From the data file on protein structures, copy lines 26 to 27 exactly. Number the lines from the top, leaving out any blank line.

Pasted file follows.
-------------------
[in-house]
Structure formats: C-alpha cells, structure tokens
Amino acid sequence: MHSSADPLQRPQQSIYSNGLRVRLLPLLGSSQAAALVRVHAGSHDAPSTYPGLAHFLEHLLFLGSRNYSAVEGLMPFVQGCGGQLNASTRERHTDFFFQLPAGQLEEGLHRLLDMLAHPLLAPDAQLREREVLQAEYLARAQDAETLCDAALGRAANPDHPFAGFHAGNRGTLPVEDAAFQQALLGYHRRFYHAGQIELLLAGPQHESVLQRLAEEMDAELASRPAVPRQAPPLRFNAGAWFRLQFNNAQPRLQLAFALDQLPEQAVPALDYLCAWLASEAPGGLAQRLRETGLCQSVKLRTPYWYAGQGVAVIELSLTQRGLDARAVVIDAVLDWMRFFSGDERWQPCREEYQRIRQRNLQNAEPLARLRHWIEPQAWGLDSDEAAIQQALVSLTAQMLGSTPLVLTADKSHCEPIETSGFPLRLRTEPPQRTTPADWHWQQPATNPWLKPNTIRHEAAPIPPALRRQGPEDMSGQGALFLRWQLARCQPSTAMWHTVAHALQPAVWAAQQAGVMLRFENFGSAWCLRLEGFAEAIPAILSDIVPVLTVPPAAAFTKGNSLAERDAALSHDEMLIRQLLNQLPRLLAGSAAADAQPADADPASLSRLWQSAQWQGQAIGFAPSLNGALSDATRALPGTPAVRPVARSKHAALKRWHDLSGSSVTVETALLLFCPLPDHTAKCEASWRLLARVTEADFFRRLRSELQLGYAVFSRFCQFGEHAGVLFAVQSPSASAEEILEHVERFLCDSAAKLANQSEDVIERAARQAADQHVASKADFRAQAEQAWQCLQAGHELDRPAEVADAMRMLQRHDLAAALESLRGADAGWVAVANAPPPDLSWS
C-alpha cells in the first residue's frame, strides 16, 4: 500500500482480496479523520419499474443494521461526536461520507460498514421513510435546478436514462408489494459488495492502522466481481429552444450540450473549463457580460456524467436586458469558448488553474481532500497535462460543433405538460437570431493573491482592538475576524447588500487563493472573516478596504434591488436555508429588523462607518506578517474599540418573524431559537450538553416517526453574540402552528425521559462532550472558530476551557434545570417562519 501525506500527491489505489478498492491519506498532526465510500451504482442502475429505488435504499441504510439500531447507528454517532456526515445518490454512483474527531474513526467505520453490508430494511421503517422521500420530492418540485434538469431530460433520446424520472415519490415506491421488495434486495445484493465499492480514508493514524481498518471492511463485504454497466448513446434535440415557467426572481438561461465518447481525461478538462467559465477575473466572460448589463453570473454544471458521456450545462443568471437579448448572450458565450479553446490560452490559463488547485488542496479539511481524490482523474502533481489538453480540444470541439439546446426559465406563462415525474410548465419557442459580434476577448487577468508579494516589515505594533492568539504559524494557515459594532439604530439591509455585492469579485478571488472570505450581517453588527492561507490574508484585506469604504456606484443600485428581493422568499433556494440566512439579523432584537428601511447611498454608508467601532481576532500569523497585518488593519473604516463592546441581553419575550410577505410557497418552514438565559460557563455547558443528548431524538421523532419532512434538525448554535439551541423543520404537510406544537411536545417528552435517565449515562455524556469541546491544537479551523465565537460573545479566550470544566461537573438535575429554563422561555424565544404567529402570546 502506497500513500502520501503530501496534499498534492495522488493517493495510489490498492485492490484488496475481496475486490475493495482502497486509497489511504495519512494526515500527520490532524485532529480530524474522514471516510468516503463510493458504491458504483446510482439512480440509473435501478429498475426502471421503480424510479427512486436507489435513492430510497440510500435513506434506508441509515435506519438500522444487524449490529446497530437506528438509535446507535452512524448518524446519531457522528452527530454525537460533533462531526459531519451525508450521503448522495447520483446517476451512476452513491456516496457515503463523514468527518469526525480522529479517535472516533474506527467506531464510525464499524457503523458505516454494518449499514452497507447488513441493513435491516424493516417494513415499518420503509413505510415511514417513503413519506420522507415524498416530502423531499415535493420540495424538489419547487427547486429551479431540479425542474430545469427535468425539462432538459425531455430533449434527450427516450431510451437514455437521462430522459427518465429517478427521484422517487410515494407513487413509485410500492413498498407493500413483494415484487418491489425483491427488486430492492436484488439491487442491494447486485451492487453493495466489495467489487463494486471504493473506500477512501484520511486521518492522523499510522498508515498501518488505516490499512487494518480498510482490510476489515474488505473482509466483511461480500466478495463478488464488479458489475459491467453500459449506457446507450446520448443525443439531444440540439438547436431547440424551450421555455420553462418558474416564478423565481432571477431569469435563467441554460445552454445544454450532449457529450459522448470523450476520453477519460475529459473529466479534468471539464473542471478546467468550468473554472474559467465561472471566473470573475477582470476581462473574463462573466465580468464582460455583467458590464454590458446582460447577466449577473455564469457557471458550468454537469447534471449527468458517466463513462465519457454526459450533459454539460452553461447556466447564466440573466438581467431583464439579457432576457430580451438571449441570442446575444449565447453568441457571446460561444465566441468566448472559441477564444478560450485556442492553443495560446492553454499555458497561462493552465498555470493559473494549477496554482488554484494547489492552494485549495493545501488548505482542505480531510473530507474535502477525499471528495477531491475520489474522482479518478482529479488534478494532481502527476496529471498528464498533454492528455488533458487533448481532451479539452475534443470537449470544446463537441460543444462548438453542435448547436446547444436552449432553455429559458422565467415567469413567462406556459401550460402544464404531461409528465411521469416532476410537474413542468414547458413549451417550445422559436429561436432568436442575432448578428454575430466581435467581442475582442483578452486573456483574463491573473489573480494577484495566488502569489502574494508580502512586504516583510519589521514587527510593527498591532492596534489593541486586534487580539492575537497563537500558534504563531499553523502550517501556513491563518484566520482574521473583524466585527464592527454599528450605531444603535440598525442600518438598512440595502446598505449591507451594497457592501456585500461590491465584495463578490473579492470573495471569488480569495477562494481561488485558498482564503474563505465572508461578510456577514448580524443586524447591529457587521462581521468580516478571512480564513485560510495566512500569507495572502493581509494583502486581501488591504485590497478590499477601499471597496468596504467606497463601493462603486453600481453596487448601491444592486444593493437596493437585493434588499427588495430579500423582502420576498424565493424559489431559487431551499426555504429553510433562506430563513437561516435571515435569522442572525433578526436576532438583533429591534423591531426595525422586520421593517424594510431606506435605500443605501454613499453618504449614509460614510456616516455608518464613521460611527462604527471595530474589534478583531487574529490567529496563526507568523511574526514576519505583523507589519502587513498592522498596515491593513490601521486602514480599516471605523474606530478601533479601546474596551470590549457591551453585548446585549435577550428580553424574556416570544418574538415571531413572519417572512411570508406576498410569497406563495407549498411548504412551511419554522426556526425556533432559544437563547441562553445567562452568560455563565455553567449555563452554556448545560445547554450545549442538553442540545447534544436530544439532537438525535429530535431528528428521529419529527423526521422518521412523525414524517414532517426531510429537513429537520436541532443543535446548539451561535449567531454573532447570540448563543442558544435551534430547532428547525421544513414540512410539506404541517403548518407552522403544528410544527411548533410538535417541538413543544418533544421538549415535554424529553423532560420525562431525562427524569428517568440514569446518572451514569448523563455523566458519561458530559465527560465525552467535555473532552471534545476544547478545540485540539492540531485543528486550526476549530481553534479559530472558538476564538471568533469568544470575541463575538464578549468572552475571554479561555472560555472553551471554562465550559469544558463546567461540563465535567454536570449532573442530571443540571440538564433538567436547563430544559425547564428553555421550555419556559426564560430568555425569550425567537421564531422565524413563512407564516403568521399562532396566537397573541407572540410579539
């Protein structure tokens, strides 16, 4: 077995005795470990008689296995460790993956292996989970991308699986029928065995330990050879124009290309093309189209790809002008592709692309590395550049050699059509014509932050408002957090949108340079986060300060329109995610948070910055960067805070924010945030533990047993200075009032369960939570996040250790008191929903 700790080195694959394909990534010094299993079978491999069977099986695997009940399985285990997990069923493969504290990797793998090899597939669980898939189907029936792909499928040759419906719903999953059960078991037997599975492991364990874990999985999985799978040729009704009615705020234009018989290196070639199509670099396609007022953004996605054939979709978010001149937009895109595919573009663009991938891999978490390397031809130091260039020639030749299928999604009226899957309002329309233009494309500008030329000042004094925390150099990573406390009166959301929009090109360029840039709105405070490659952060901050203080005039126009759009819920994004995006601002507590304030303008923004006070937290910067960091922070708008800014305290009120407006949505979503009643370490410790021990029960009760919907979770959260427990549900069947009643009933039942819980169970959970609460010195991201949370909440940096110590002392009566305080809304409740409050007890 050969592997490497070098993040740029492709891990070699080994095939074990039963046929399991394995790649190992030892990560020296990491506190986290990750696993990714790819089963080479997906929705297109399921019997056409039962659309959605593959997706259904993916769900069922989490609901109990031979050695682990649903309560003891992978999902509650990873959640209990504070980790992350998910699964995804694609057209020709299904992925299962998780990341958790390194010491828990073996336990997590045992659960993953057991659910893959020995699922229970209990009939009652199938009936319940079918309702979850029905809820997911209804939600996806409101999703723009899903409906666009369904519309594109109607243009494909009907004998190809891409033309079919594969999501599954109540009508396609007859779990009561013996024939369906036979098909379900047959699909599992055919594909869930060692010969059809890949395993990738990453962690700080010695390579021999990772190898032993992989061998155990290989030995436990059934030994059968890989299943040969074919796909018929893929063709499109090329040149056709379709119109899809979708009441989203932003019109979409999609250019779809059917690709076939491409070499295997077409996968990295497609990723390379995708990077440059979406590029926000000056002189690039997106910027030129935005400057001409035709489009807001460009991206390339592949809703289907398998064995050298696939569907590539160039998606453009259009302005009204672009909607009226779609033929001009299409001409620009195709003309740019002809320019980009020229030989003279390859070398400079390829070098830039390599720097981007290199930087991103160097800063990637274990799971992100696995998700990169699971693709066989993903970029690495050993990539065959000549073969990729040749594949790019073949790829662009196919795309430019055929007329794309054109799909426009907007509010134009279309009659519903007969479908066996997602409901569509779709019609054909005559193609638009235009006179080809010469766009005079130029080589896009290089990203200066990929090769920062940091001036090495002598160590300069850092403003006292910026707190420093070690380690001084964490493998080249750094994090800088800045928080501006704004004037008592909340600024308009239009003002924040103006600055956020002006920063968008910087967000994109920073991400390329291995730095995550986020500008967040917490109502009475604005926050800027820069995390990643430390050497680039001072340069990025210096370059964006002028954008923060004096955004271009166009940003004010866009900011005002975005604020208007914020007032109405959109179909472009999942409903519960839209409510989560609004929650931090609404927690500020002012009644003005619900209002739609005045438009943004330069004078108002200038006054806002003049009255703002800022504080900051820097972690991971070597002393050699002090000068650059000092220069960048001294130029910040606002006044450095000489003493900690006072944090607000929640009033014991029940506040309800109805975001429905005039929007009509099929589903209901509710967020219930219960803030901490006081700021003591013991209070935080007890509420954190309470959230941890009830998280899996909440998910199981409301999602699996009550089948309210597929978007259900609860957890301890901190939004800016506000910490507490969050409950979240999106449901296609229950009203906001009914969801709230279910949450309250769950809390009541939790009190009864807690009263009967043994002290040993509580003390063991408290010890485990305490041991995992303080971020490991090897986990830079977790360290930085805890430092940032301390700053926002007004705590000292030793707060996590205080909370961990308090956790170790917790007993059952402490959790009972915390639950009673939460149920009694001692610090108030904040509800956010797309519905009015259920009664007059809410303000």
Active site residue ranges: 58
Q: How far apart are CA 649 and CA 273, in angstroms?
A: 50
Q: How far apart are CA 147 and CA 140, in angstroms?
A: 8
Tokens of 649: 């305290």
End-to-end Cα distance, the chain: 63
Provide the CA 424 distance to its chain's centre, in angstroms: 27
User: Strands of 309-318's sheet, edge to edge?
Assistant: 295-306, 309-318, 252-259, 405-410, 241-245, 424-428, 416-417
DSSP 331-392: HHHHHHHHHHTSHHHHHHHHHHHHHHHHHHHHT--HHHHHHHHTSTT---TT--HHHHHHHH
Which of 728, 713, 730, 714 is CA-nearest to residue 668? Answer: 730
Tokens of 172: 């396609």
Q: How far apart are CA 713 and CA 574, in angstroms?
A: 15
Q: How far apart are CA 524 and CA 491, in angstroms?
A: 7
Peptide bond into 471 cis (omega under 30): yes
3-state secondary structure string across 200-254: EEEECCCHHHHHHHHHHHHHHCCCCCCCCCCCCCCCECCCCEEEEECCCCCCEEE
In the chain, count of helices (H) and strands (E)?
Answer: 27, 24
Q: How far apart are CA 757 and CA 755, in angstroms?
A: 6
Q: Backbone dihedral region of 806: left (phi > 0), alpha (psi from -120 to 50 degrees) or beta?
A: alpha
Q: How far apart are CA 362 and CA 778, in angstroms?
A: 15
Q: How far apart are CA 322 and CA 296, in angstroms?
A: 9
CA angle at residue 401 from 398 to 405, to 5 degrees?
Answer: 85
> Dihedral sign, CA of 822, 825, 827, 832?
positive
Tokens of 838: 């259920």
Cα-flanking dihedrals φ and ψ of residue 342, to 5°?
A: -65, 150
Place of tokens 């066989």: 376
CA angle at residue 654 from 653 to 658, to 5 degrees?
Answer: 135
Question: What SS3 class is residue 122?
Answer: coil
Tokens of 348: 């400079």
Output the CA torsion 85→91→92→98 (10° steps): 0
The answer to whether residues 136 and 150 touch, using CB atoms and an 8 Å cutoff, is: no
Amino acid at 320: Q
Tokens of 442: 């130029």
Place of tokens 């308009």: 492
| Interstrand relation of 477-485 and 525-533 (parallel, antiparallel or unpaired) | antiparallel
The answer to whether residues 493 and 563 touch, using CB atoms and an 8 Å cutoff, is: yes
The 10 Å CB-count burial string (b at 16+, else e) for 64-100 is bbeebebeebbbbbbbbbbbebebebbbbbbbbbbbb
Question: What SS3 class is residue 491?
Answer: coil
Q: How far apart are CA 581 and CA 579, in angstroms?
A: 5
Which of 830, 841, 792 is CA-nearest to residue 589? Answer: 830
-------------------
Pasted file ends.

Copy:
Answer: 27, 24
Q: How far apart are CA 757 and CA 755, in angstroms?